Before I figured out that I had CCI, I spent years bedbound in a dark room. But now, my PEM and POTS are gone, my brainfog is gone, my light and sound sensitivity are gone, my neck pain and vertigo are gone, my headaches are gone, my MCAS is gone, and my breathing issues are gone.

I'm back to living my life! I'm socializing again. I'm leaving my house again on a regular basis. I'm even working out on a treadmill and pumping iron.

To you and everyone else reading this, you each have your own decisions to make. I wish each of you all the best.
 
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debored13

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I’m excited to find that some people with EDS do apparently exhibit PEM , or exertion intolerance in general, through searching the beyond the measurement group. Not saying it’s the same diseases , but PEM was in my mind the missing thing in @jeff_w ’s mechanical paradigm, because I wasn’t sure why some people with even a large degree of instability didn’t get diagnosed w me/cfs and/or have exertion intolerance. But it seems possible that a decent portion of eds patients DO have exertion intolerance. I wonder what would it look like if eds or cci patients took a 2-day invasive cpet with systroms lab
 

jeff_w

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I’m excited to find that some people with EDS do apparently exhibit PEM , or exertion intolerance in general, through searching the beyond the measurement group.
Yes, many people in Beyond the Measurement, who have CCI, have PEM. They have spent their lives immersed in the EDS culture, and since they were never in the ME/CFS world, they don't use the term "PEM" to describe their experience. The term "Post Exertional Malaise" is foreign to them.

They instead write things like, "Why do I have to rest for two days after making dinner?" Or, "Why does just driving to the grocery store feel like running a marathon, and I have to lie down for days afterward?" You will see descriptions of PEM over and over in that group of CCI patients who have never spent time in the ME world.
 

Wayne

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After my skull to C2 fusion, I went from being profoundly disabled to getting my life back. I have literally been going to the gym and pumping iron!
:thumbsup::balloons::thumbsup::balloons::thumbsup::balloons::thumbsup:

Mucho congratulations on all your awesome improvements! And thanks so much for coming back and sharing your insights with us. You have much to offer us, and from everything I've read, with the world as well.

BTW, I printed out your 10-page story from your website, and gave it to my Physical Therapist. She was so impressed, she made copies of it, and now shares it with professional colleagues.
 

debored13

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It makes a lot of sense that if brainstem compression could cause autonomic issues, it could cause exertion intolerance , since systroms idea of the exertion intolerance in me/cfs patients is related to preload failure Orr the leg veins not getting blood back up to the heart and brain.

However I do think there’s a more molecular aspect of exertion intolerance in terms of a global impairment in oxidative metabolism in multiple types of cells (I may be wrong on this ). In that sense I wonder what the effect of brainstem compression and inflammation could be on metabolism globally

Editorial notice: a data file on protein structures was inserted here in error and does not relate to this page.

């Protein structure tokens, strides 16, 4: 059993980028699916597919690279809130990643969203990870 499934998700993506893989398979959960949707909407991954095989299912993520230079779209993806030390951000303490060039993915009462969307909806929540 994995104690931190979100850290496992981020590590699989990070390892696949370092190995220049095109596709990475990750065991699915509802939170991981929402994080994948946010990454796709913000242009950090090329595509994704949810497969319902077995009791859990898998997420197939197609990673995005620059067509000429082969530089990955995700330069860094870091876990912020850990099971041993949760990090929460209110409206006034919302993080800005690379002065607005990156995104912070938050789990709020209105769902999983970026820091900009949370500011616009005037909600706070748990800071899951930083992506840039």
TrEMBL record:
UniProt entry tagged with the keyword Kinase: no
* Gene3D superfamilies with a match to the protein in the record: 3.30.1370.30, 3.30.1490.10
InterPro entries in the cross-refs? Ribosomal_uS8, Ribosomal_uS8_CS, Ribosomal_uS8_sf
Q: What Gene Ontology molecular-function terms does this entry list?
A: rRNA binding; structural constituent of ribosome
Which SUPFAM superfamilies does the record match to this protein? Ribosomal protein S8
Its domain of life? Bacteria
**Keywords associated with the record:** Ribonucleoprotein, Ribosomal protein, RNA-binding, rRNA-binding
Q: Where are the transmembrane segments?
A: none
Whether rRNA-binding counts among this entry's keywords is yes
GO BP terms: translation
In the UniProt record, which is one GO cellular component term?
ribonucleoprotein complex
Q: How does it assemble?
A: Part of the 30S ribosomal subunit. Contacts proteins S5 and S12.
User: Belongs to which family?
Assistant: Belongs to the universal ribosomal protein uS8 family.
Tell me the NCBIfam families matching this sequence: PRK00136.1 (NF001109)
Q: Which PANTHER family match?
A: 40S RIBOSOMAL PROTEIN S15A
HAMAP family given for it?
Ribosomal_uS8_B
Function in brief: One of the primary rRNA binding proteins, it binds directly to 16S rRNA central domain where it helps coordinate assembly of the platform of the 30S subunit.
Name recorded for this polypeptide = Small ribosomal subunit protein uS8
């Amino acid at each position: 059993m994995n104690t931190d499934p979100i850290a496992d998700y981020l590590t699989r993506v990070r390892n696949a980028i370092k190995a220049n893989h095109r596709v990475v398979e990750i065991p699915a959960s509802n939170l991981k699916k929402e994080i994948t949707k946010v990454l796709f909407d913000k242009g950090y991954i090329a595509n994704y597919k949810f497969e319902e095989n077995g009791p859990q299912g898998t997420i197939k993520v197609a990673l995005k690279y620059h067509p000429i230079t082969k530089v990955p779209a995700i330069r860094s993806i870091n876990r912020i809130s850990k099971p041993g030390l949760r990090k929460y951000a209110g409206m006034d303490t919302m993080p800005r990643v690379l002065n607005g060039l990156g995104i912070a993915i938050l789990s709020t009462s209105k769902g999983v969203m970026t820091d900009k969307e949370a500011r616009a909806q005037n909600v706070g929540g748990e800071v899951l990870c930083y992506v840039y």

Wayne

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In that sense I wonder what the effect of brainstem compression and inflammation could be on metabolism globally
My best guess is that it could effect global metabolism a LOT. If you have brainstem compression, you likely also have vagus nerve compression and dysfunction (long implicated in ME/CFS). And the vagus nerve provides nerve energy to literally every major organ/endocrine system in our bodies, including the entire GI tract.
 

debored13

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My best guess is that it could effect global metabolism a LOT. If you have brainstem compression, you likely also have vagus nerve compression and dysfunction (long implicated in ME/CFS). And the vagus nerve provides nerve energy to literally every major organ/endocrine system in our bodies, including the entire GI tract.
That’s my guess too but I’d still like to see some papers connecting these things. Henderson and bolognese have published lots of detailed stuff that goes into the diagnostic imaging and treatments of this issue , and clinical presentation , but there’s not much there about the molecular aspect of the compression and how that influences stuff like metabolism, immunity, etc. of course mcas is even talked about as a comorbidity but not as something possibly downstream of neural injury
 

StarChild56

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I wrote the will before I had surgery. I wouldn't be able to do it right now. I've just been through the most difficult and painful experience of my life on the heels of a grueling 18 months. My first surgery was November 28th. I only got home two weeks ago. Many of my systemic symptoms are all over the place. I am still tapering off medications. I wake up every morning at 4 or 5am in terrible pain. I've already said that the surgeries went well and cured my apnea and peripheral neurological symptoms. I have nothing to say about the long-run outcomes of these surgeries on my systemic symptoms, positive or negative, because they haven't happened yet. I will update folks further when I am ready. It would be deeply irresponsible to write about my current health status with respect to ME and POTS: it's far too early and frankly, I don't think I have the cognitive ability at present to take the care I would need to take.